posted by Sangermaine at 12:38 AM on February 4, 2007 [1 favorite]


spacediver : but are you suggesting that the fact that guns helped forge United States means we should be allowed to keep them?

Yeah. I most certainly am suggesting that. The American Revolution was waged with guns, swords, knives, tomahawks, spears, bayonets and all manners of badness. We didn't get this country by asking. We took it by force. Much blood was spilled on both sides. And those that fought to make this country work felt it was important enough that they wrote a point in about people keeping those same tools. It was right after the point about us being able to speak our minds.

I just don't see the connection.

Keep reading. It's good stuff.

Guns are incredibly powerful tools.

No argument. See my above points.

They sometimes enable one group of primates to gain dominance over another group of primates.

Yes. I saw that Kubrick film as well. Only I remember it being a bone.

Oh, were you making a snarky point? Were you trying to make an analogous comparison between guns and rocks or clubs or something? Because I might have missed the subtlety of that connection. I mean all I saw was you making a very good point about human nature. From the very beginning and all.

Sometimes the dominant group then acts in good ways, and sometimes it acts in bad ways.

And thus we switch to Poli-Sci, or maybe you were going for psychology. Or maybe, just maybe you were bringing up the whole of human history point I mentioned above.

This statement is so broad and correct, I will let it stand without further comment.

Perhaps you're suggesting that guns should be allowed so that the average american civilian has some way to (collectively) veto a government which has gone rotten?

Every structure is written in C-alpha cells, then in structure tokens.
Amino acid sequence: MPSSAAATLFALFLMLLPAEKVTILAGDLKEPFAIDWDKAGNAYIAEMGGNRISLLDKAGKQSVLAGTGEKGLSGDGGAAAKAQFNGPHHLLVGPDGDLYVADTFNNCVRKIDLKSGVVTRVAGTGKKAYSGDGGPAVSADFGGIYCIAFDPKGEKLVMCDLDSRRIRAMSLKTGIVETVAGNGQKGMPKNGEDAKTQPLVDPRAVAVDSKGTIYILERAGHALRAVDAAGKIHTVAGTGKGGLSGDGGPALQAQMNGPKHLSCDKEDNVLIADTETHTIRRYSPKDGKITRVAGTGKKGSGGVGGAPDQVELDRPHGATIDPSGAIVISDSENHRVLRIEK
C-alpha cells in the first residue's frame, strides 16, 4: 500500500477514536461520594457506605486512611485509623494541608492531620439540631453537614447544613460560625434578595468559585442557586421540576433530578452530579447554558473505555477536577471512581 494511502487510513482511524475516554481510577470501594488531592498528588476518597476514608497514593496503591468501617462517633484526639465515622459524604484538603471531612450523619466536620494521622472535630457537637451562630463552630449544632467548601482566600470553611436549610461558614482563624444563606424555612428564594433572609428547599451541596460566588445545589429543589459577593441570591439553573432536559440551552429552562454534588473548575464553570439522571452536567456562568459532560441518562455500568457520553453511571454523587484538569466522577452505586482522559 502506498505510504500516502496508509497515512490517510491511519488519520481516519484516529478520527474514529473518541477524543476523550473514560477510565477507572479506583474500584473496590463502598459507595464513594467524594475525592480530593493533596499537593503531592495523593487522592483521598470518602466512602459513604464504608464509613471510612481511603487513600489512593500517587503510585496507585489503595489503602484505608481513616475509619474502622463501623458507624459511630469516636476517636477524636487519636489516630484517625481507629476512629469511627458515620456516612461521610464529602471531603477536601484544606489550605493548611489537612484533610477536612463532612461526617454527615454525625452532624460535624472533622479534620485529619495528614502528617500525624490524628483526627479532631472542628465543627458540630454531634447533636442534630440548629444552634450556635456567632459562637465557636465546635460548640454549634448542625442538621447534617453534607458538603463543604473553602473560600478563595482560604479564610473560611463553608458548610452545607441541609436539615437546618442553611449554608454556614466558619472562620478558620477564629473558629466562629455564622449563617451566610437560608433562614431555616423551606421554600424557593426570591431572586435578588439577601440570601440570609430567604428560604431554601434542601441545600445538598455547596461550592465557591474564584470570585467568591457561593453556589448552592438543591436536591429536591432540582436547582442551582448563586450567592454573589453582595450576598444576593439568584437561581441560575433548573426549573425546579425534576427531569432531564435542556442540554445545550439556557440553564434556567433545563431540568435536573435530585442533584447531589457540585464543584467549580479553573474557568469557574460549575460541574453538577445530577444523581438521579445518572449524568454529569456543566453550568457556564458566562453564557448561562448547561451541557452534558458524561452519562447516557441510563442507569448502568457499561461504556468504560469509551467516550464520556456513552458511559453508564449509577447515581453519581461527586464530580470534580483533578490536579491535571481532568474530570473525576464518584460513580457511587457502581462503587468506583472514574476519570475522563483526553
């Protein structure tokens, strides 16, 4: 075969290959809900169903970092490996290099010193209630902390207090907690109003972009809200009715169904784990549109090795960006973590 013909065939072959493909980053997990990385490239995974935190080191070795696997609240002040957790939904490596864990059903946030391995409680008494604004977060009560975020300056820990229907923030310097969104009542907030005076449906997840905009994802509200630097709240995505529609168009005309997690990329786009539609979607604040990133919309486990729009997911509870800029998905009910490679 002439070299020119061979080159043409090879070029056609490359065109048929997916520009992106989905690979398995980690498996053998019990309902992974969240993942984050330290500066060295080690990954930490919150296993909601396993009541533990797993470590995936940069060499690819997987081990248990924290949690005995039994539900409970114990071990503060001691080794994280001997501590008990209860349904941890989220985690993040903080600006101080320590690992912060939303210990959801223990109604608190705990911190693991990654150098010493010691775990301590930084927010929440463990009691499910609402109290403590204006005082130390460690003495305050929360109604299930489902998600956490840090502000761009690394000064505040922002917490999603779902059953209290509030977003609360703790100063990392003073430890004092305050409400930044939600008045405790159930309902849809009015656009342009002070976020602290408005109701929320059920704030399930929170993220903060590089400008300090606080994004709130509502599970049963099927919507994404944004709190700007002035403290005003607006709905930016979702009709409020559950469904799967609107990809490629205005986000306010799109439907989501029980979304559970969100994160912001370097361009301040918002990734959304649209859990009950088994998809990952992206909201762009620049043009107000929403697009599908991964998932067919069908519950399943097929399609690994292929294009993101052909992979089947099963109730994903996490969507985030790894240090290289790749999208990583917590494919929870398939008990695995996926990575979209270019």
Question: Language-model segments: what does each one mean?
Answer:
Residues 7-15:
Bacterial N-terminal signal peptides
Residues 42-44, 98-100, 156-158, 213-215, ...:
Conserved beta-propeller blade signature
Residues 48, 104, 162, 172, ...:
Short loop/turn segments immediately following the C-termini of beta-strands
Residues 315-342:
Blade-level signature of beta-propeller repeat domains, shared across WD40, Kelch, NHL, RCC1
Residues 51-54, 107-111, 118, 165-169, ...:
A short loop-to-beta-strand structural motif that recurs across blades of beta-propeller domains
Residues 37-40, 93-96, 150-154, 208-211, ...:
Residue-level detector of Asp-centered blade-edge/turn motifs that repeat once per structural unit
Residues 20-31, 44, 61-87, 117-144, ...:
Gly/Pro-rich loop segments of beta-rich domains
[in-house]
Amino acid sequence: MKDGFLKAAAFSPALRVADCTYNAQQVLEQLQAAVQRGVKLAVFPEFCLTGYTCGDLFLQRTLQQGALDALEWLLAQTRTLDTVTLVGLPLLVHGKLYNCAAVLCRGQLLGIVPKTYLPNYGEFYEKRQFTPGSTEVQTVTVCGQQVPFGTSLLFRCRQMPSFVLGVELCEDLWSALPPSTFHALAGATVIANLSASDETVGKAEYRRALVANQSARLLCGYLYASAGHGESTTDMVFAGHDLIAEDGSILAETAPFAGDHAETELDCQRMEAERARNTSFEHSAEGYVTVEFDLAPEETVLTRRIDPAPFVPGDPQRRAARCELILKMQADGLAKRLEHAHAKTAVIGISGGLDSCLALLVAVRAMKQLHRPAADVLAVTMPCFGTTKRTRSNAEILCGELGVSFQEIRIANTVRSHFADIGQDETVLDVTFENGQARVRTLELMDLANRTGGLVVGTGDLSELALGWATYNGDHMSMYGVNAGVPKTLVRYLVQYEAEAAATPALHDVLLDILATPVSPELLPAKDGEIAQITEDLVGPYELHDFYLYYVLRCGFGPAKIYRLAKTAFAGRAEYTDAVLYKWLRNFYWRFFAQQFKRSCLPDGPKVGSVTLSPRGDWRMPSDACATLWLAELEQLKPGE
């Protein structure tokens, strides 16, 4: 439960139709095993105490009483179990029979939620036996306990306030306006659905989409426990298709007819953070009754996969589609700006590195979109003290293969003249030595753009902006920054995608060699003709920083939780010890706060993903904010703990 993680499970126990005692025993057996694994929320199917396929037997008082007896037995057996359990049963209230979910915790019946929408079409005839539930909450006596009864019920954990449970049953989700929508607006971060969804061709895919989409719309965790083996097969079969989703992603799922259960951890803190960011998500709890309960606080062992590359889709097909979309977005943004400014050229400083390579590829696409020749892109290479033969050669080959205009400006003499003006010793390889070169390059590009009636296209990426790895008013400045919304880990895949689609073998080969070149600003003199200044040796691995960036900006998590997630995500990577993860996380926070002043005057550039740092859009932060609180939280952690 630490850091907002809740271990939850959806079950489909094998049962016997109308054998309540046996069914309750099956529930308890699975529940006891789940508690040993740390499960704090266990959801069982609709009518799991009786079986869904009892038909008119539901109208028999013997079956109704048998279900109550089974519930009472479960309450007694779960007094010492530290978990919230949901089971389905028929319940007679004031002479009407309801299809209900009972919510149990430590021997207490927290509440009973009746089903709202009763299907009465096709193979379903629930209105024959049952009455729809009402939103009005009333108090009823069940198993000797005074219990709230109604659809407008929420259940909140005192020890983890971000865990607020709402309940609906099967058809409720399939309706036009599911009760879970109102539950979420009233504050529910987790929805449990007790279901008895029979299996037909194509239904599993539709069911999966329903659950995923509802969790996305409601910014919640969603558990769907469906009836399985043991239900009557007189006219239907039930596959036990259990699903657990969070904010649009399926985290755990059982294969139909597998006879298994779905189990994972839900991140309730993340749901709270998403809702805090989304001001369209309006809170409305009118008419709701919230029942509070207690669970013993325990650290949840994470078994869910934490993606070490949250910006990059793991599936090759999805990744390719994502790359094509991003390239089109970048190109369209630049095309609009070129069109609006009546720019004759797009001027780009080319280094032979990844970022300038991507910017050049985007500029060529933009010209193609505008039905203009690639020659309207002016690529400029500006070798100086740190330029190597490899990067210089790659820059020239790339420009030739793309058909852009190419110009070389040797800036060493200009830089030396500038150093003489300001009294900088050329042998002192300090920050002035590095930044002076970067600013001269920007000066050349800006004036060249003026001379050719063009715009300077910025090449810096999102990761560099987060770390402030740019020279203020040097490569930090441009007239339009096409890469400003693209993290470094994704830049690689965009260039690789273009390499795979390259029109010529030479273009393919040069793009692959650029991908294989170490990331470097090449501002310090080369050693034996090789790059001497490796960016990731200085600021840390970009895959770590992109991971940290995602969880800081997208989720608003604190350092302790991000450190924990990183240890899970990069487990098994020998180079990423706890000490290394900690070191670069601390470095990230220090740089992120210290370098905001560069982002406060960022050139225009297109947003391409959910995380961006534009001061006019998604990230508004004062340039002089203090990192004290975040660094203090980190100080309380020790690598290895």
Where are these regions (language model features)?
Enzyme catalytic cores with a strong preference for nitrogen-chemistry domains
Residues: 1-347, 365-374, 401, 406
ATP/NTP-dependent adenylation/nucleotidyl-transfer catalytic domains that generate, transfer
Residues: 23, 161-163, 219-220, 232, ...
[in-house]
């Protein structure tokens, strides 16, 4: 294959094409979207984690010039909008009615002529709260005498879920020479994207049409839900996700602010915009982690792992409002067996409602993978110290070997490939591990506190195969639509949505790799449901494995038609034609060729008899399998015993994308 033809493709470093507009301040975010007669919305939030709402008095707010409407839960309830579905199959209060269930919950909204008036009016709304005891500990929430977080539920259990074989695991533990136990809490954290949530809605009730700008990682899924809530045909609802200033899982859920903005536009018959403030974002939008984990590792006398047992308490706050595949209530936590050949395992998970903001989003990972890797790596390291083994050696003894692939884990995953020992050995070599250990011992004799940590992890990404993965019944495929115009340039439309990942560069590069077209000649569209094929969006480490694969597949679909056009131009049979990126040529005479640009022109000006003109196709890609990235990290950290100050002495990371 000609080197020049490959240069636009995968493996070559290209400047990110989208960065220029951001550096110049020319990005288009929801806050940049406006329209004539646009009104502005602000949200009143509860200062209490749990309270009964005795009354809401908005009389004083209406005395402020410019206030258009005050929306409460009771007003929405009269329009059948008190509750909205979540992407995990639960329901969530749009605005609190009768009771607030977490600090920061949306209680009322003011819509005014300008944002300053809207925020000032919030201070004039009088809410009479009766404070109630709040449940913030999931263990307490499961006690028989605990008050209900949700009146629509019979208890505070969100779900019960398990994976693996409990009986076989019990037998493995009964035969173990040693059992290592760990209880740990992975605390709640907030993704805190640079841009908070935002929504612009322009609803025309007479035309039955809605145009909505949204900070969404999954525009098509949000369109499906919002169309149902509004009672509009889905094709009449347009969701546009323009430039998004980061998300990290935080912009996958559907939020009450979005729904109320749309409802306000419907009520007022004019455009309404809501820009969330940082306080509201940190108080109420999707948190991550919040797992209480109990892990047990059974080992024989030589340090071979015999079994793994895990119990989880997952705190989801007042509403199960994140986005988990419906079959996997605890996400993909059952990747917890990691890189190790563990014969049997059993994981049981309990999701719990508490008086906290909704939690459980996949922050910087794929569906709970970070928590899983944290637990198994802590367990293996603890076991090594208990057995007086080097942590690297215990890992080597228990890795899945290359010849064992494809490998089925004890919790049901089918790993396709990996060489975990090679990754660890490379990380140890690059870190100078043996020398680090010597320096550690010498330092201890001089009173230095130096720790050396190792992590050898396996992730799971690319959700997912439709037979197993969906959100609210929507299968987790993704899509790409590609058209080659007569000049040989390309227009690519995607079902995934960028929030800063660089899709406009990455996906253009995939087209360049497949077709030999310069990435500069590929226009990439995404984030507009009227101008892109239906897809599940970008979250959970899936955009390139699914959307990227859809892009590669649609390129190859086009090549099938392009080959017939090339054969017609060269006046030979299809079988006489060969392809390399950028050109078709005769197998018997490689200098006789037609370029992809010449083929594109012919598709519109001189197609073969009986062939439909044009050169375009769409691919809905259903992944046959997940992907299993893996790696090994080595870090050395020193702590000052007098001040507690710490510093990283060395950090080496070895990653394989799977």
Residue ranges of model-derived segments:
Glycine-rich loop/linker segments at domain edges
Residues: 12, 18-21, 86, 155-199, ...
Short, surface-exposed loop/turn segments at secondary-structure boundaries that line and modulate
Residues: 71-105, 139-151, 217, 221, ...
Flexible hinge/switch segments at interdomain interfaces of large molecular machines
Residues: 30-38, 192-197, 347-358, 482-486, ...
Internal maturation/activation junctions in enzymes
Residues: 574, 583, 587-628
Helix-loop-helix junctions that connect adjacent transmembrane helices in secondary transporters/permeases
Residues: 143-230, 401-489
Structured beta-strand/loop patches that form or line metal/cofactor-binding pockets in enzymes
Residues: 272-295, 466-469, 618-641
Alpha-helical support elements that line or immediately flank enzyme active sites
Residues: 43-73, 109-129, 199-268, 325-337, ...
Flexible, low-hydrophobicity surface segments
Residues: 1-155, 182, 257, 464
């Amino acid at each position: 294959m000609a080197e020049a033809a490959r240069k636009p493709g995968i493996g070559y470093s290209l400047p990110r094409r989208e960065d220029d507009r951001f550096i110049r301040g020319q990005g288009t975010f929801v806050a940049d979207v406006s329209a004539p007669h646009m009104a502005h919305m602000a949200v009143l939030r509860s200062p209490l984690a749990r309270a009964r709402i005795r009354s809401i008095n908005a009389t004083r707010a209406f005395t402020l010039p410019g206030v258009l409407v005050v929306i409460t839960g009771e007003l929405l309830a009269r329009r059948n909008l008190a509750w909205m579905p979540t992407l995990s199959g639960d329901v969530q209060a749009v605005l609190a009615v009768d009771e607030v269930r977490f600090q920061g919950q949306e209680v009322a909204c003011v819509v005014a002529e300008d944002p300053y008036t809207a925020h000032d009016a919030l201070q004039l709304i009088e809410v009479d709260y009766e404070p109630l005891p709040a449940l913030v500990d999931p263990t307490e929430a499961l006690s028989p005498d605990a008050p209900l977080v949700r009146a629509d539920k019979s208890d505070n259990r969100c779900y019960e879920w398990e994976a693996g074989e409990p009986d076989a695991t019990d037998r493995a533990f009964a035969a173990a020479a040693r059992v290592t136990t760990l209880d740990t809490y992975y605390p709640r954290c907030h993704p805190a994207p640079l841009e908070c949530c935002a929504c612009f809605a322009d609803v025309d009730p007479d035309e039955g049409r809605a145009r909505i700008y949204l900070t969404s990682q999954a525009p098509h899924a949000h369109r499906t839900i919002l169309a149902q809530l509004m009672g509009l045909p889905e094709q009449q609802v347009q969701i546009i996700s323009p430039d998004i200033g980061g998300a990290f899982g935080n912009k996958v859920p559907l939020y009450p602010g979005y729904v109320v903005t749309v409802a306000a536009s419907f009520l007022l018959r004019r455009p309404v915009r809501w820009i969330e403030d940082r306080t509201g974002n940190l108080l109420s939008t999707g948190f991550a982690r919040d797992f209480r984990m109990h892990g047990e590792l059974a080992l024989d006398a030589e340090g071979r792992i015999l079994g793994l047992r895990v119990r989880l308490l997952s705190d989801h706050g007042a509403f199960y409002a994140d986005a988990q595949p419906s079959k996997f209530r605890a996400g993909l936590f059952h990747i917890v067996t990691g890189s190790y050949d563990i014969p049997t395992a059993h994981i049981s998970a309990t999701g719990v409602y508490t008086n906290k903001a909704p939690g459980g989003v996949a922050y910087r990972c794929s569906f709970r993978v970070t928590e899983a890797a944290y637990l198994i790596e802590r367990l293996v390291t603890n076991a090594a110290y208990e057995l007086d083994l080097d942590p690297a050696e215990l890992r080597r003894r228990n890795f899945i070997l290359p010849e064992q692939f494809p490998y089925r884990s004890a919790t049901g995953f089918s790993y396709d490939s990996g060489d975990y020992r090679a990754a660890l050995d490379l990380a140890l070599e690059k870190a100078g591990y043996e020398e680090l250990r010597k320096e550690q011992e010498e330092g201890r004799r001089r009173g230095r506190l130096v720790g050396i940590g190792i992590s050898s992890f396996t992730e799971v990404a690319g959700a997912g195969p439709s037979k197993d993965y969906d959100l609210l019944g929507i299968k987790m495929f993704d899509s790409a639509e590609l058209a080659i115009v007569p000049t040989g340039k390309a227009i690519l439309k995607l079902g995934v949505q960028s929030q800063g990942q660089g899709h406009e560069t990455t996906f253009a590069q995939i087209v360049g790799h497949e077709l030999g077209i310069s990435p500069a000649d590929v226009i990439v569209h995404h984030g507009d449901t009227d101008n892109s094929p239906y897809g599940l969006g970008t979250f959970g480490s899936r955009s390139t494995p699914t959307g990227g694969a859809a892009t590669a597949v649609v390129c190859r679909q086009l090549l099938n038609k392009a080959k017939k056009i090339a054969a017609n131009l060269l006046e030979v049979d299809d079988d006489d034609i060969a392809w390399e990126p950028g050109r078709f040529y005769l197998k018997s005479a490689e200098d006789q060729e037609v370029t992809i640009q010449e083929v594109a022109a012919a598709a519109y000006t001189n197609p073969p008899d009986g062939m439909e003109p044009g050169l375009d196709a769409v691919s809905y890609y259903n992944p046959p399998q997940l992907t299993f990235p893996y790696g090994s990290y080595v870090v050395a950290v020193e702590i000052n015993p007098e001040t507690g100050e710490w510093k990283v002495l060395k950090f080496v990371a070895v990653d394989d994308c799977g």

You jest. But I've actually made that point here before. From my read of Jefferson, that is what the whole point of the Second Amendment is for. From the perspective of the founding fathers, owning a gun has nothing to do with hunting or protecting yourself. They wanted us to arm ourselves to kill (yes kill) any group or party that would try to interpose themselves between us and our freedom.

The sad thing is that we've lost that passion. We are happy to sit by and watch the Superbowl if it means that we don't have to care where our privacy and Habeas Corpus went.

In order for that to happen, we'd need to legalize RPG's, AK-47's, and IED's, as those are probably the only weapons that would be effective against an organized military.

Yup. People don't think that a small arms force could ever stand up to a modern military force. They are relearning that point in Iraq today. To the sorrow of many.

Then again, perhaps I've misunderstood your meaning.

You may have misunderstood my meaning. I hope this clears it up.
posted by quin at 12:38 AM on February 4, 2007


Sangermaine : This comment is aimed specifically at the idea that guns are somehow supposed to be political tools.

At the time when the Constitution was written, guns were the primary political tool. Really. They were. It may not be politically correct to say in this day and age, but the framers of our rules that defined this country were mostly soldiers that had just fought in a war, with guns, to free us from a controlling power.

Is there something about this concept that modern Americans have trouble following?
posted by quin at 12:45 AM on February 4, 2007


In order for that to happen, we'd need to legalize RPG's, AK-47's, and IED's, as those are probably the only weapons that would be effective against an organized military.

spacediver, this is exactly the intention of the 2nd amendment. It seems extreme to you today, but the idea at the time was that "every terrible implement of the soldier" was the American's "birthright."
posted by knave at 1:21 AM on February 4, 2007


If you're up against someone who is willing to kil

whoops, looks like someone escaped out of the Koresh compound after all. . .